The Balcoes Viewpoint in Madeira
Photograph: Shutterstock

How this Portuguese island is leading the way in eco-tourism

Madeiran people are trying their best to offset mass tourism and promote a forward-thinking approach to travel

Georgia Evans

The first thing you’ll notice about Madeira is its lush fauna. Its vast mountains come drizzled with rows of vines, banana plants and hydrangeas, which wind up cliffside roads. Known as the ‘Hawaii of Europe’, the island looks straight out of Jurassic Park, with Atlantic waves slapping against the sharp rocks of its beaches and hot African air creating a sub-tropical climate. 

Drive thirty minutes uphill and you’ll find yourself enveloped in clouds of cool mist, where contorted trees create a Bronte-esque landscape. It’s Madeira's microclimates that encourage such fertile growth, making it a treasure trove of kaleidoscopic wildlife, both on and off its shores.

This tiny island deserves to be kept sacred. It’s precious: a prehistoric relic where wilderness, agriculture and humanity collide. There’s a delicate balance at work here, where the Madeiran people are trying their best to offset mass tourism by promoting ecological travel – and earning a Silver award from EarthCheck in the process. 

‘This distinction reinforces Madeira's position as a tourist destination of excellence, focusing on sustainable development,’ Eduardo Jesus, Madeira's Regional Secretary for Tourism and Culture, told Time Out. 

‘[The award] gives the destination greater credibility and allows it to expand its access to tourist markets that are more sensitive to this issue. It's an important step in Madeira's affirmation as a global 'must-visit', based on the sustainable development of the territory and the involvement of the entire local community.’

So what is Madeira doing right? We visited the Portuguese island to experience its eco-tourism initiatives first-hand.

Sustainable hotels

Madeira’s capital city Funchal comes dotted with the usual package holiday hotels and large chains. But Funchal has a growing number of sustainable places to stay too. Further out of the city, you’ll find boutique spots like Quinta da Serra in the highlands of Câmara de Lobos. The certified bio-hotel has adopted technologies per the Green Key programme, meaning organic food at breakfast, a sustainable water source and wrapping itself around the tallest eucalyptus registered in Madeira.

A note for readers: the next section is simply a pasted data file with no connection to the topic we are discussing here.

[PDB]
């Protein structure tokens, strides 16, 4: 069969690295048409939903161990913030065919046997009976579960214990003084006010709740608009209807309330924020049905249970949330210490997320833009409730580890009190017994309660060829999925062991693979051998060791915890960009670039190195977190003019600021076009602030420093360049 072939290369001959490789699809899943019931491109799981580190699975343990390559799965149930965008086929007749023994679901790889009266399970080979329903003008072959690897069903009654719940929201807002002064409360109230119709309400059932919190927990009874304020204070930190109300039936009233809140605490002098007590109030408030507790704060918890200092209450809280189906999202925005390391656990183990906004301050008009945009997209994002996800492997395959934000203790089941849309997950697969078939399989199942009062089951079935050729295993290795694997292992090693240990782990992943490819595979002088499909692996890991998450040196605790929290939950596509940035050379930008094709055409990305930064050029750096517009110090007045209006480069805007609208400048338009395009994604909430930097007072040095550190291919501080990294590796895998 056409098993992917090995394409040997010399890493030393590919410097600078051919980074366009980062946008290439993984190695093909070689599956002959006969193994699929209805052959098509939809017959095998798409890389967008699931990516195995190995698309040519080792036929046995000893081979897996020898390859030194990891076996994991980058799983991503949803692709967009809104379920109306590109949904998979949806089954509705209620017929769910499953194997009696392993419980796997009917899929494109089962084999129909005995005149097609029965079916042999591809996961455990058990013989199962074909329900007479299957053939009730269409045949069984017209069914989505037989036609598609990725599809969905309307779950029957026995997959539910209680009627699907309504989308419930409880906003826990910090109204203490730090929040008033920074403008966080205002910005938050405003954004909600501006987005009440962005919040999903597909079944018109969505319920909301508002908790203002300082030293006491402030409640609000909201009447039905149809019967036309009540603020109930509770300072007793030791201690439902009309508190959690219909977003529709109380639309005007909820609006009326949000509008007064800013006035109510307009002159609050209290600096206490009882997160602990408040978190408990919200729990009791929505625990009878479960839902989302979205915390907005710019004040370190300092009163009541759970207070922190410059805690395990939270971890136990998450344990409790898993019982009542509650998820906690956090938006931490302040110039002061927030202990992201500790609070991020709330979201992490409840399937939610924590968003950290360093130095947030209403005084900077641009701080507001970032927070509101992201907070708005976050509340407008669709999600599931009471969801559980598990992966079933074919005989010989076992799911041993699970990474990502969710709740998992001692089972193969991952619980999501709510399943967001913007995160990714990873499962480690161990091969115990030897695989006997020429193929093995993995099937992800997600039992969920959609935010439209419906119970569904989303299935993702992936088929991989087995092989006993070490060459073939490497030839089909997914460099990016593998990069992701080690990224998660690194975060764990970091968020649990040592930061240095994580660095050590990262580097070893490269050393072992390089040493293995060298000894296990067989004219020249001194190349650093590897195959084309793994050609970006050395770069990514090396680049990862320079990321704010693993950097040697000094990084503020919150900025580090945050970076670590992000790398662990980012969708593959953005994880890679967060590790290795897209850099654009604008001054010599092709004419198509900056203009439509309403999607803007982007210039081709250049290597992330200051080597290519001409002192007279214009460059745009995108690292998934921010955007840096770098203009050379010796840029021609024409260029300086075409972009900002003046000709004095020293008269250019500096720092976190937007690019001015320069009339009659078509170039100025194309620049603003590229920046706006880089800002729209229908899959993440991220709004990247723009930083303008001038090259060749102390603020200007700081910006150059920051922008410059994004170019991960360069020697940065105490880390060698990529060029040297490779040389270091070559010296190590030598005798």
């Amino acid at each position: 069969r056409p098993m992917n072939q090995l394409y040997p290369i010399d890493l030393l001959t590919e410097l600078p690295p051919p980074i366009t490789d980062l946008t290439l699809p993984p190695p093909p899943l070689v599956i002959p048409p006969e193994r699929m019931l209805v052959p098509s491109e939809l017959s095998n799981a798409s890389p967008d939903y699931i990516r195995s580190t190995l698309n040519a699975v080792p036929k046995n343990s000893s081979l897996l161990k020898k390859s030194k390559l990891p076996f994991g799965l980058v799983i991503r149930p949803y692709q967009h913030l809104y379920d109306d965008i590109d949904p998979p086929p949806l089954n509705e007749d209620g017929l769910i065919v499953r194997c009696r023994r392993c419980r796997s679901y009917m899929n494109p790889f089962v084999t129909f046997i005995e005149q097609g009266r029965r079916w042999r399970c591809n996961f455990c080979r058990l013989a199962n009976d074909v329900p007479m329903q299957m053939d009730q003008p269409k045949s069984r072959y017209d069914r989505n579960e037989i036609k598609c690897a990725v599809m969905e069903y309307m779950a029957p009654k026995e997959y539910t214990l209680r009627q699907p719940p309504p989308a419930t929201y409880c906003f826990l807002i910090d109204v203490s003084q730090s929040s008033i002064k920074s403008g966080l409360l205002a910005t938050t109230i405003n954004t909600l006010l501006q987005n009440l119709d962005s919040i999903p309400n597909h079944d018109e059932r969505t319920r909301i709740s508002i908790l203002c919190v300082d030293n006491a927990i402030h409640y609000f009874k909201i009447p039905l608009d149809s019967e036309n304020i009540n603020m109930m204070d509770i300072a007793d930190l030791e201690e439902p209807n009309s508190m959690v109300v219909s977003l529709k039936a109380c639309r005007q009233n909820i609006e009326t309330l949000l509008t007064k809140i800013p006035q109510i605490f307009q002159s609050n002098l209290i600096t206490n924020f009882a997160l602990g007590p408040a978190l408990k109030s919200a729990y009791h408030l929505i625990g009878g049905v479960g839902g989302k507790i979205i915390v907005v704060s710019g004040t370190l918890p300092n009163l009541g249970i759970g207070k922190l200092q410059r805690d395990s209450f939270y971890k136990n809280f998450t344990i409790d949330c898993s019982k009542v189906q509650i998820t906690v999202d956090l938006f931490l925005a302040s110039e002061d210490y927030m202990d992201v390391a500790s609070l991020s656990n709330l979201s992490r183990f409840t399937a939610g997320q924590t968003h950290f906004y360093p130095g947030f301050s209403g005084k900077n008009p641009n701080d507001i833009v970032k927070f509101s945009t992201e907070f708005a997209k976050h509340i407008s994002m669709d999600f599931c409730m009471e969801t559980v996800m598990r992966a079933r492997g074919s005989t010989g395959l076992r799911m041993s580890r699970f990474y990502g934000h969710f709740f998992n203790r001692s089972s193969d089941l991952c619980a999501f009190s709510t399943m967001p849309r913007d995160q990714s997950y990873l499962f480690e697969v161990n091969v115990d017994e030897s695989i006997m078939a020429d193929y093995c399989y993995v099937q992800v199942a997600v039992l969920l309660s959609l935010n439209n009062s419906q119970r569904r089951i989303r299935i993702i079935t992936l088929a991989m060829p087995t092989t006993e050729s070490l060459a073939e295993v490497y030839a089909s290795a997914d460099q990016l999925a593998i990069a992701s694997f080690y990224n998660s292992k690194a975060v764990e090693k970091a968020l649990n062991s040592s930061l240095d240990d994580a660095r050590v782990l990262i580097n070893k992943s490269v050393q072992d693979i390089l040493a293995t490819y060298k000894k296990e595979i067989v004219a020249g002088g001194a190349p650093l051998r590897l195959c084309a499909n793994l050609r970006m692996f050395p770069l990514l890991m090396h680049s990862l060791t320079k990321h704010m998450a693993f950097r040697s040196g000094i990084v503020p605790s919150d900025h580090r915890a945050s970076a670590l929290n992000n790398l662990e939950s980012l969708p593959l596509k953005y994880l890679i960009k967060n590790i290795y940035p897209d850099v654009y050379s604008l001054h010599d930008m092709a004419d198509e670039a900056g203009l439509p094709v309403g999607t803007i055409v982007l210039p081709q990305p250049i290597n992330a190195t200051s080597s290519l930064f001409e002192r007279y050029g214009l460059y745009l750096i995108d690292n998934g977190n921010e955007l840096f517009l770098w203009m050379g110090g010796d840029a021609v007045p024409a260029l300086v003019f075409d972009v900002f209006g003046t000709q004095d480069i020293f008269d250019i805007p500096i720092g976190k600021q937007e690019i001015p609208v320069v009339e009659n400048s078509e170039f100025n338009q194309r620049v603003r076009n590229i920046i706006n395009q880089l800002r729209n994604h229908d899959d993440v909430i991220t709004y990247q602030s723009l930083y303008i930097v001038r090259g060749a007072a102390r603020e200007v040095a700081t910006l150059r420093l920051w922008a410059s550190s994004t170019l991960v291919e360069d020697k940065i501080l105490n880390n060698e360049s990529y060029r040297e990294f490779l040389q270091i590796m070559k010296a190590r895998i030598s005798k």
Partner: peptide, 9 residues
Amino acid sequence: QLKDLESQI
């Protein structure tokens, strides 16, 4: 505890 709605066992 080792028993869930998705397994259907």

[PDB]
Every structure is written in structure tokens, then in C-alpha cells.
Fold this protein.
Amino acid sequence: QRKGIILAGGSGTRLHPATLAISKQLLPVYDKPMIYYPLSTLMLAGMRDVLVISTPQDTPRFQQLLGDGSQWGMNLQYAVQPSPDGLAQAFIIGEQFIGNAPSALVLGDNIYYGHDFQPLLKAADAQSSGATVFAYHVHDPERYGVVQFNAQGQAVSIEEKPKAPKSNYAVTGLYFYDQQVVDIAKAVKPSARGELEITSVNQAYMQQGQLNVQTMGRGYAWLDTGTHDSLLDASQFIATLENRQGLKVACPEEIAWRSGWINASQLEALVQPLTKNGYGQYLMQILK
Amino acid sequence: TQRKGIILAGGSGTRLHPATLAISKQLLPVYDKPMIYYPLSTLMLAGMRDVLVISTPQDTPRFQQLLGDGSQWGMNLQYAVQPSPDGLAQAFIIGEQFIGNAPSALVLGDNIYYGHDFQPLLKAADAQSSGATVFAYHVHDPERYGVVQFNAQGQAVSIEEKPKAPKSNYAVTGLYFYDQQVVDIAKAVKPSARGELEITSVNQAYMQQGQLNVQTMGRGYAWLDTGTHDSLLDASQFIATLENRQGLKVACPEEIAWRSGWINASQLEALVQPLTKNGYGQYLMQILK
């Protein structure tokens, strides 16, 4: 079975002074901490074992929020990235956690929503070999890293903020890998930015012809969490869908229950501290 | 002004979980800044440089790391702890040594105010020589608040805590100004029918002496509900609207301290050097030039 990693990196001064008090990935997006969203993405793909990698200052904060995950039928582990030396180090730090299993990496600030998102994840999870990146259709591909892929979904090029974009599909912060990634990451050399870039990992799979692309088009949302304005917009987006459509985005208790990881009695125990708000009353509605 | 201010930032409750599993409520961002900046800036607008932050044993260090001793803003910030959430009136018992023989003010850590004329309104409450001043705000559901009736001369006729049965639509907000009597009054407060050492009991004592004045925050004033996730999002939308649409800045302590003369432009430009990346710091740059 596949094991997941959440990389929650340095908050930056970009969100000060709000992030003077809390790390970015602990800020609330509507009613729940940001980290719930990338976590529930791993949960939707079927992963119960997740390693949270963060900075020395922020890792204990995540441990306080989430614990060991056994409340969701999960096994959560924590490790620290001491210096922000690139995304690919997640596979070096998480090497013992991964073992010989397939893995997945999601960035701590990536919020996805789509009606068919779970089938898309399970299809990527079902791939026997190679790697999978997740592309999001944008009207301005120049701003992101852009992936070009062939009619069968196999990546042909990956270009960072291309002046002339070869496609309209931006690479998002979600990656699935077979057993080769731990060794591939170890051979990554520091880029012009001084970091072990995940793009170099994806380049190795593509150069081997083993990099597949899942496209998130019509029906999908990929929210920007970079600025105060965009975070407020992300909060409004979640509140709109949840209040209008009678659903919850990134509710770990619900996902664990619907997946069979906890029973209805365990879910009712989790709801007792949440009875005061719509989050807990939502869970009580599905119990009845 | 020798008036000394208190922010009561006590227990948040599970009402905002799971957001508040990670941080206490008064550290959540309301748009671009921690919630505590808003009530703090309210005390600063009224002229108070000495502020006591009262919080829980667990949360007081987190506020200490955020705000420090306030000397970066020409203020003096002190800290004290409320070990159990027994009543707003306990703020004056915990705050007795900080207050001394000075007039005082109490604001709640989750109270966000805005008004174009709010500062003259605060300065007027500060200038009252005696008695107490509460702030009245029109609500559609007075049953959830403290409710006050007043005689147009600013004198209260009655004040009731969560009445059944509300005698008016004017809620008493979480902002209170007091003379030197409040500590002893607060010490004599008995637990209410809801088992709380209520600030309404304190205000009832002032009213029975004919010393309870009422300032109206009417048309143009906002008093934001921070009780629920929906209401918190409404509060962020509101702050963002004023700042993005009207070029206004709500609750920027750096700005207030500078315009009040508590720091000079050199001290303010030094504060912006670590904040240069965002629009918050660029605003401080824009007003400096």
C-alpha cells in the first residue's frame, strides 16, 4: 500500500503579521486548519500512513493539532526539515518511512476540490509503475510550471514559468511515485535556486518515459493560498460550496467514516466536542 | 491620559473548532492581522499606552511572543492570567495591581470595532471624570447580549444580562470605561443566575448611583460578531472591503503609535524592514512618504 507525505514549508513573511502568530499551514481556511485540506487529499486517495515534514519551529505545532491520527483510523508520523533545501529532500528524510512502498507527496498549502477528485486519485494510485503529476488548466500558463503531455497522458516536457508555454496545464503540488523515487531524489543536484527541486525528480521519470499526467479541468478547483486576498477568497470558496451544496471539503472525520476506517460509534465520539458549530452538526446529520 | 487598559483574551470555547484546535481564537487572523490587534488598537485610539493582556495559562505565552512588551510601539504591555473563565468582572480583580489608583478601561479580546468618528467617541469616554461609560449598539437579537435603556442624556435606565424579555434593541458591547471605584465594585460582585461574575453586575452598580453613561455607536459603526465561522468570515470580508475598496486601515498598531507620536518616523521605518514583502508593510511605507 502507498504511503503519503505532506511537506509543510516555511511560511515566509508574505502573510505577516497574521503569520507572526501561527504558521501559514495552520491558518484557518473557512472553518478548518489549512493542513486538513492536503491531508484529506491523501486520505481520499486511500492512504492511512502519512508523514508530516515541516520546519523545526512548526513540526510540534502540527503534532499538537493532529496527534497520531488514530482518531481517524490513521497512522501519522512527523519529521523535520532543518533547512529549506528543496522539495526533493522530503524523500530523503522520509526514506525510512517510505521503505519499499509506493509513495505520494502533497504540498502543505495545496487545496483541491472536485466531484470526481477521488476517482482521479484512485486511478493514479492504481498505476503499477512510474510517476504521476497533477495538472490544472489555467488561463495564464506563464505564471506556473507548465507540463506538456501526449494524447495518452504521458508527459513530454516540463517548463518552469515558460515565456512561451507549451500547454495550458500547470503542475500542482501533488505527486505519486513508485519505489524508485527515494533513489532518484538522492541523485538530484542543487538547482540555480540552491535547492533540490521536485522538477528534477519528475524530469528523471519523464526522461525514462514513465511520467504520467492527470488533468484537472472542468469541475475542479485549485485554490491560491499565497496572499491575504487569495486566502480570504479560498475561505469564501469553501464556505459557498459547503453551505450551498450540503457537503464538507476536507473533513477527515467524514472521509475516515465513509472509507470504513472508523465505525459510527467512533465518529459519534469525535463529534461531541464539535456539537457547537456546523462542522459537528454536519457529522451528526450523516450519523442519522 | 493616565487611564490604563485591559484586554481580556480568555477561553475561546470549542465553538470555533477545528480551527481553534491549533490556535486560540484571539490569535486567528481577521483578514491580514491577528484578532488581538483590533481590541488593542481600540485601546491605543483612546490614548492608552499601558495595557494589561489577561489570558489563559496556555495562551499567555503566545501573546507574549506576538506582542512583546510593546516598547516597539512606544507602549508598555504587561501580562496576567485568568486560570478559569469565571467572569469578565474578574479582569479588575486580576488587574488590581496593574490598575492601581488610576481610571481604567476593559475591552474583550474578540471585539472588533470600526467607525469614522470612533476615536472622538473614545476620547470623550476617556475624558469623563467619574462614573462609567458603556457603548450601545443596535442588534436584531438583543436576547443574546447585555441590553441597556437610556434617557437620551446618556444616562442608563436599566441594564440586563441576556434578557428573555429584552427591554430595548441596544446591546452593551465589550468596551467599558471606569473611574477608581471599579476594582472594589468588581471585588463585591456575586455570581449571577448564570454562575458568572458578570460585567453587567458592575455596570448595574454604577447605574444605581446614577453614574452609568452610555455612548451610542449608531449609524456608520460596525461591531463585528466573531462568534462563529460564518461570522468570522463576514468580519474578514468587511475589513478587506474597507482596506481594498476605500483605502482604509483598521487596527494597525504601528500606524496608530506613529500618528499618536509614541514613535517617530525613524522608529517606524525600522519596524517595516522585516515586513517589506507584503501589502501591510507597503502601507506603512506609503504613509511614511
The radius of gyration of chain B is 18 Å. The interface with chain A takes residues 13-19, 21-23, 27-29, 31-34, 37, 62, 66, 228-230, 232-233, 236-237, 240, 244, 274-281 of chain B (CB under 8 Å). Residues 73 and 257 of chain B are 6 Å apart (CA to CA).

Hotel Quinta da Serra

Modern options include Socalco Nature Hotel, which has a heavy focus on permaculture. The hotel collects and reuses rainwater, uses solar energy, carefully controls its waste and makes use of an onsite organic fruit and vegetable garden and orchard. The brainchild of Chef Octávio Freitas, it blends rural tourism, gastronomy and farming in one location. 

Low-impact tours on (and off) the island 

According to Jesus, ‘There are countless activities committed to sustainability in Madeira for visitors and locals to enjoy: walking trails, nature reserves, cycling, diving, boat trips to observe cetaceans, safaris, and more.’

‘Because sustainability also means responsibility, several companies in the tourism sector are helping to minimise their ecological footprint, for example by contributing to a reforestation programme, in which tourists can also take part,’ he adds.